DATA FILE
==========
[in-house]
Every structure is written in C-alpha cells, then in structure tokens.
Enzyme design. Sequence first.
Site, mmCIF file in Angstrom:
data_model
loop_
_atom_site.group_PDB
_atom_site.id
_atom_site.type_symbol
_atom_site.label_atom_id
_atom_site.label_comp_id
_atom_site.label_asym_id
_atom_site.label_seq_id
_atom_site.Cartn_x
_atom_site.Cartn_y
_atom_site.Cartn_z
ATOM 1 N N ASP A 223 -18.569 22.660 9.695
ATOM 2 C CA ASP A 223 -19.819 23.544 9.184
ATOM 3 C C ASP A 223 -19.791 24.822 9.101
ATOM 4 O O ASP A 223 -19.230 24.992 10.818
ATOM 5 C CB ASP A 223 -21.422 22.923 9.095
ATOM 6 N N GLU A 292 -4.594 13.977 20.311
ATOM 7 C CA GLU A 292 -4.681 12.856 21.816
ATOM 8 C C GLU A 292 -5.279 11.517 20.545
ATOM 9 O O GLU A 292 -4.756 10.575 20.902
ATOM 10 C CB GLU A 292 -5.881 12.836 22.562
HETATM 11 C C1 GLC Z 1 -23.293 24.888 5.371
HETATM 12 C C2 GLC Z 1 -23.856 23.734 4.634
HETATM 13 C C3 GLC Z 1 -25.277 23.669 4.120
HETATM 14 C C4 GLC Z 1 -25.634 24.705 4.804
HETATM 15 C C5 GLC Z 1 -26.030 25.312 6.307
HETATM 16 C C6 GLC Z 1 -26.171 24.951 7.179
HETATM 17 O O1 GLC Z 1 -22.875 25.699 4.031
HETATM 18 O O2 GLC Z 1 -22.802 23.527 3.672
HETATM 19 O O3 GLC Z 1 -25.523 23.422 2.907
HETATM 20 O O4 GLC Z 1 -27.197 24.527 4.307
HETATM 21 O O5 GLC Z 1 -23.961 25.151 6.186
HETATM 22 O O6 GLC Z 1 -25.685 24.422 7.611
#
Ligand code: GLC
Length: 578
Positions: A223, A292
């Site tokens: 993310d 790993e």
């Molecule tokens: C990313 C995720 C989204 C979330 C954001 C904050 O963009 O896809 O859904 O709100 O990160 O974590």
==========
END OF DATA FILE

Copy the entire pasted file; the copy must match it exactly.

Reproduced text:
[in-house]
Every structure is written in C-alpha cells, then in structure tokens.
Enzyme design. Sequence first.
Site, mmCIF file in Angstrom:
data_model
loop_
_atom_site.group_PDB
_atom_site.id
_atom_site.type_symbol
_atom_site.label_atom_id
_atom_site.label_comp_id
_atom_site.label_asym_id
_atom_site.label_seq_id
_atom_site.Cartn_x
_atom_site.Cartn_y
_atom_site.Cartn_z
ATOM 1 N N ASP A 223 -18.569 22.660 9.695
ATOM 2 C CA ASP A 223 -19.819 23.544 9.184
ATOM 3 C C ASP A 223 -19.791 24.822 9.101
ATOM 4 O O ASP A 223 -19.230 24.992 10.818
ATOM 5 C CB ASP A 223 -21.422 22.923 9.095
ATOM 6 N N GLU A 292 -4.594 13.977 20.311
ATOM 7 C CA GLU A 292 -4.681 12.856 21.816
ATOM 8 C C GLU A 292 -5.279 11.517 20.545
ATOM 9 O O GLU A 292 -4.756 10.575 20.902
ATOM 10 C CB GLU A 292 -5.881 12.836 22.562
HETATM 11 C C1 GLC Z 1 -23.293 24.888 5.371
HETATM 12 C C2 GLC Z 1 -23.856 23.734 4.634
HETATM 13 C C3 GLC Z 1 -25.277 23.669 4.120
HETATM 14 C C4 GLC Z 1 -25.634 24.705 4.804
HETATM 15 C C5 GLC Z 1 -26.030 25.312 6.307
HETATM 16 C C6 GLC Z 1 -26.171 24.951 7.179
HETATM 17 O O1 GLC Z 1 -22.875 25.699 4.031
HETATM 18 O O2 GLC Z 1 -22.802 23.527 3.672
HETATM 19 O O3 GLC Z 1 -25.523 23.422 2.907
HETATM 20 O O4 GLC Z 1 -27.197 24.527 4.307
HETATM 21 O O5 GLC Z 1 -23.961 25.151 6.186
HETATM 22 O O6 GLC Z 1 -25.685 24.422 7.611
#
Ligand code: GLC
Length: 578
Positions: A223, A292
């Site tokens: 993310d 790993e």
């Molecule tokens: C990313 C995720 C989204 C979330 C954001 C904050 O963009 O896809 O859904 O709100 O990160 O974590």